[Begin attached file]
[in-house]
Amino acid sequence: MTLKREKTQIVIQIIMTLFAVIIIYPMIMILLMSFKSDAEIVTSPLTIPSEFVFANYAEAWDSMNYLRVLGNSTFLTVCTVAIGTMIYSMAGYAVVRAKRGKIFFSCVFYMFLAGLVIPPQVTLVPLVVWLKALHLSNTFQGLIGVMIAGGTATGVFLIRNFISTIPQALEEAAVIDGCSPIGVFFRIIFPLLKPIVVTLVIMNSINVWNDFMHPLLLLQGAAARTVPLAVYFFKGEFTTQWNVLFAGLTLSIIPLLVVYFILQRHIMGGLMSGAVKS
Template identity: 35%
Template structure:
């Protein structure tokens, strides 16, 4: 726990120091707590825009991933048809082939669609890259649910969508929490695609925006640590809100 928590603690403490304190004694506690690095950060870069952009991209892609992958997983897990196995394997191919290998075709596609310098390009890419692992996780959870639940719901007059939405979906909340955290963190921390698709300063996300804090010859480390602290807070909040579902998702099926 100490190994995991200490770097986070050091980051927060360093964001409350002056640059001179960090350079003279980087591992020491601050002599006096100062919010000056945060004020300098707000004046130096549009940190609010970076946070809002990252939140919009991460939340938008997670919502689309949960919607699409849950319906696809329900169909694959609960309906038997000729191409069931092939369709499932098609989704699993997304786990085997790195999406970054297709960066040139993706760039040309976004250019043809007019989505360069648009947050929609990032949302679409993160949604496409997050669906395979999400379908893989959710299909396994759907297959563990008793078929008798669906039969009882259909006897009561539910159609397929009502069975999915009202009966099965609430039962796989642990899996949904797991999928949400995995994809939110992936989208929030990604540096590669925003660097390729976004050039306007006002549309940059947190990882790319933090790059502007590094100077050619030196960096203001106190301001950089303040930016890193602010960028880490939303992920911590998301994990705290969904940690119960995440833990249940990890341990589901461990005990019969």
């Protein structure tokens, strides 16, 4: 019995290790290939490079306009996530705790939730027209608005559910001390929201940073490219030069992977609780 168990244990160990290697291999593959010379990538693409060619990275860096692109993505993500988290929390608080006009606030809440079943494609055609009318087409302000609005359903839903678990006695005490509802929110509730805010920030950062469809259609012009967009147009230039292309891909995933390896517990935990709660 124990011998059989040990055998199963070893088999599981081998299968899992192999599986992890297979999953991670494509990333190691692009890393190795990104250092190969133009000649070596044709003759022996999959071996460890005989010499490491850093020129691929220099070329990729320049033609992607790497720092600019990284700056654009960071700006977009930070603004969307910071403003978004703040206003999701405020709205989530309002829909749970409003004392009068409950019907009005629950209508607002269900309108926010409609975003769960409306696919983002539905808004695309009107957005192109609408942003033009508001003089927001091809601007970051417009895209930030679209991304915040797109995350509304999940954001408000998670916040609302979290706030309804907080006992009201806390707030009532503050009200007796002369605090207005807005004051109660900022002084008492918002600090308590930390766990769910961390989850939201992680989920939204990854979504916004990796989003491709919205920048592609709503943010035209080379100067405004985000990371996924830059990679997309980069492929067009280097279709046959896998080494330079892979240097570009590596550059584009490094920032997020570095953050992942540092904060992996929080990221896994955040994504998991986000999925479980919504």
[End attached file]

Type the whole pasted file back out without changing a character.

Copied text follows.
[in-house]
Amino acid sequence: MTLKREKTQIVIQIIMTLFAVIIIYPMIMILLMSFKSDAEIVTSPLTIPSEFVFANYAEAWDSMNYLRVLGNSTFLTVCTVAIGTMIYSMAGYAVVRAKRGKIFFSCVFYMFLAGLVIPPQVTLVPLVVWLKALHLSNTFQGLIGVMIAGGTATGVFLIRNFISTIPQALEEAAVIDGCSPIGVFFRIIFPLLKPIVVTLVIMNSINVWNDFMHPLLLLQGAAARTVPLAVYFFKGEFTTQWNVLFAGLTLSIIPLLVVYFILQRHIMGGLMSGAVKS
Template identity: 35%
Template structure:
């Protein structure tokens, strides 16, 4: 726990120091707590825009991933048809082939669609890259649910969508929490695609925006640590809100 928590603690403490304190004694506690690095950060870069952009991209892609992958997983897990196995394997191919290998075709596609310098390009890419692992996780959870639940719901007059939405979906909340955290963190921390698709300063996300804090010859480390602290807070909040579902998702099926 100490190994995991200490770097986070050091980051927060360093964001409350002056640059001179960090350079003279980087591992020491601050002599006096100062919010000056945060004020300098707000004046130096549009940190609010970076946070809002990252939140919009991460939340938008997670919502689309949960919607699409849950319906696809329900169909694959609960309906038997000729191409069931092939369709499932098609989704699993997304786990085997790195999406970054297709960066040139993706760039040309976004250019043809007019989505360069648009947050929609990032949302679409993160949604496409997050669906395979999400379908893989959710299909396994759907297959563990008793078929008798669906039969009882259909006897009561539910159609397929009502069975999915009202009966099965609430039962796989642990899996949904797991999928949400995995994809939110992936989208929030990604540096590669925003660097390729976004050039306007006002549309940059947190990882790319933090790059502007590094100077050619030196960096203001106190301001950089303040930016890193602010960028880490939303992920911590998301994990705290969904940690119960995440833990249940990890341990589901461990005990019969």
């Protein structure tokens, strides 16, 4: 019995290790290939490079306009996530705790939730027209608005559910001390929201940073490219030069992977609780 168990244990160990290697291999593959010379990538693409060619990275860096692109993505993500988290929390608080006009606030809440079943494609055609009318087409302000609005359903839903678990006695005490509802929110509730805010920030950062469809259609012009967009147009230039292309891909995933390896517990935990709660 124990011998059989040990055998199963070893088999599981081998299968899992192999599986992890297979999953991670494509990333190691692009890393190795990104250092190969133009000649070596044709003759022996999959071996460890005989010499490491850093020129691929220099070329990729320049033609992607790497720092600019990284700056654009960071700006977009930070603004969307910071403003978004703040206003999701405020709205989530309002829909749970409003004392009068409950019907009005629950209508607002269900309108926010409609975003769960409306696919983002539905808004695309009107957005192109609408942003033009508001003089927001091809601007970051417009895209930030679209991304915040797109995350509304999940954001408000998670916040609302979290706030309804907080006992009201806390707030009532503050009200007796002369605090207005807005004051109660900022002084008492918002600090308590930390766990769910961390989850939201992680989920939204990854979504916004990796989003491709919205920048592609709503943010035209080379100067405004985000990371996924830059990679997309980069492929067009280097279709046959896998080494330079892979240097570009590596550059584009490094920032997020570095953050992942540092904060992996929080990221896994955040994504998991986000999925479980919504």